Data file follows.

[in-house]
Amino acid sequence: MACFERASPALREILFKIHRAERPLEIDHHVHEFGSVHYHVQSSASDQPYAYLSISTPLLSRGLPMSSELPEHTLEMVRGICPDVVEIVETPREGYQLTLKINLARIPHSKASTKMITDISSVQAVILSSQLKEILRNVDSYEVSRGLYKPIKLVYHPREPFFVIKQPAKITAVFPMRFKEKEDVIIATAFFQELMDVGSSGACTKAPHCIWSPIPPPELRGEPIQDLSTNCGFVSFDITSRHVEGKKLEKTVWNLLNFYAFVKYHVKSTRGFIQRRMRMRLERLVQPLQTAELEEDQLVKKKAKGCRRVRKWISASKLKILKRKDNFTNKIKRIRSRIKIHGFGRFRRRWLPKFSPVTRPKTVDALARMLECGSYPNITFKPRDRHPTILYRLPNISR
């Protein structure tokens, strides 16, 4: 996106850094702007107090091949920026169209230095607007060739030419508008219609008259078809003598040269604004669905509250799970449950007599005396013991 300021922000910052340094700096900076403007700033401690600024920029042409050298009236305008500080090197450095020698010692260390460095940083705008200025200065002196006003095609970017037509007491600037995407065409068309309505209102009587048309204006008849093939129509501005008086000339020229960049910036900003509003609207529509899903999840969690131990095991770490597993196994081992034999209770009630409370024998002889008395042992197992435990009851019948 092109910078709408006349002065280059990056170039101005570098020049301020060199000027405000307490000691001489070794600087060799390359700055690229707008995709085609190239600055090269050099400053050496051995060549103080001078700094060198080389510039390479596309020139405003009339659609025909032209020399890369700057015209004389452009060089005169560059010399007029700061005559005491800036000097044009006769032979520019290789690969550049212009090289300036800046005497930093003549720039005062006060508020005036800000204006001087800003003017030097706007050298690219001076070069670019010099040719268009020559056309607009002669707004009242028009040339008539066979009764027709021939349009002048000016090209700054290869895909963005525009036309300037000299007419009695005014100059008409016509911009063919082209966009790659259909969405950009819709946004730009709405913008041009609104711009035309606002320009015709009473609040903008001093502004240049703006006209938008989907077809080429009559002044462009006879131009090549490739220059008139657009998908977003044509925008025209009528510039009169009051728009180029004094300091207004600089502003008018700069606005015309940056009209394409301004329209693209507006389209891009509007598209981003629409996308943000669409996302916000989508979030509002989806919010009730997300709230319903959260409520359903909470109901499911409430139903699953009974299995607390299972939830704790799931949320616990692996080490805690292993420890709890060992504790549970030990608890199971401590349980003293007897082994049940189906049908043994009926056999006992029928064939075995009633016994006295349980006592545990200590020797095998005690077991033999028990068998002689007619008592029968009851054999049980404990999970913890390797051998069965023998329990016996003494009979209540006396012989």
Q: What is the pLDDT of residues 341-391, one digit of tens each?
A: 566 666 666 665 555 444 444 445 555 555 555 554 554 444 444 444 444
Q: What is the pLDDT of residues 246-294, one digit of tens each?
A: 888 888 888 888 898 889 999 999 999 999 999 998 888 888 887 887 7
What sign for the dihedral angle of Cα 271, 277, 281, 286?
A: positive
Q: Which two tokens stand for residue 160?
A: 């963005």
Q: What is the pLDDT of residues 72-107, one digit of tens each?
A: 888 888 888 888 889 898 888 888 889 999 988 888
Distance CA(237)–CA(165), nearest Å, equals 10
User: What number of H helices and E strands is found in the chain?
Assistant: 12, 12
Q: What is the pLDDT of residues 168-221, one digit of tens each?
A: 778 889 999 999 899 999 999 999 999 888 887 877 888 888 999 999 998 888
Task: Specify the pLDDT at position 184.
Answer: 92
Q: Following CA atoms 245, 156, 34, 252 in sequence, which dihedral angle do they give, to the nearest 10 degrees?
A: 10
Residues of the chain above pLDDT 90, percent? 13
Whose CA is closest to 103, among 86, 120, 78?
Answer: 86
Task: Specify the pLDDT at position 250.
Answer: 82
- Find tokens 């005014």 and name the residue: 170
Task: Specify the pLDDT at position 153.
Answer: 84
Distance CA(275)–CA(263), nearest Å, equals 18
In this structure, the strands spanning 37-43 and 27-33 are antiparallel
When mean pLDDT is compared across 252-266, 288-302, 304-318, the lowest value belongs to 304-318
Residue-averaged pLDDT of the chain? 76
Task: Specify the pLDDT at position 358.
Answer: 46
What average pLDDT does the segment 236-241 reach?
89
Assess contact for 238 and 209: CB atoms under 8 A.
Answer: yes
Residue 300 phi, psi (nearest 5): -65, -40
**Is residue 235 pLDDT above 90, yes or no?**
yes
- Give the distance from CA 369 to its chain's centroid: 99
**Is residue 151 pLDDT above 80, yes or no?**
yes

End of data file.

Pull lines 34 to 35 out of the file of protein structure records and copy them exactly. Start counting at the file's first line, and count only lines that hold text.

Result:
Residue-averaged pLDDT of the chain? 76
Task: Specify the pLDDT at position 358.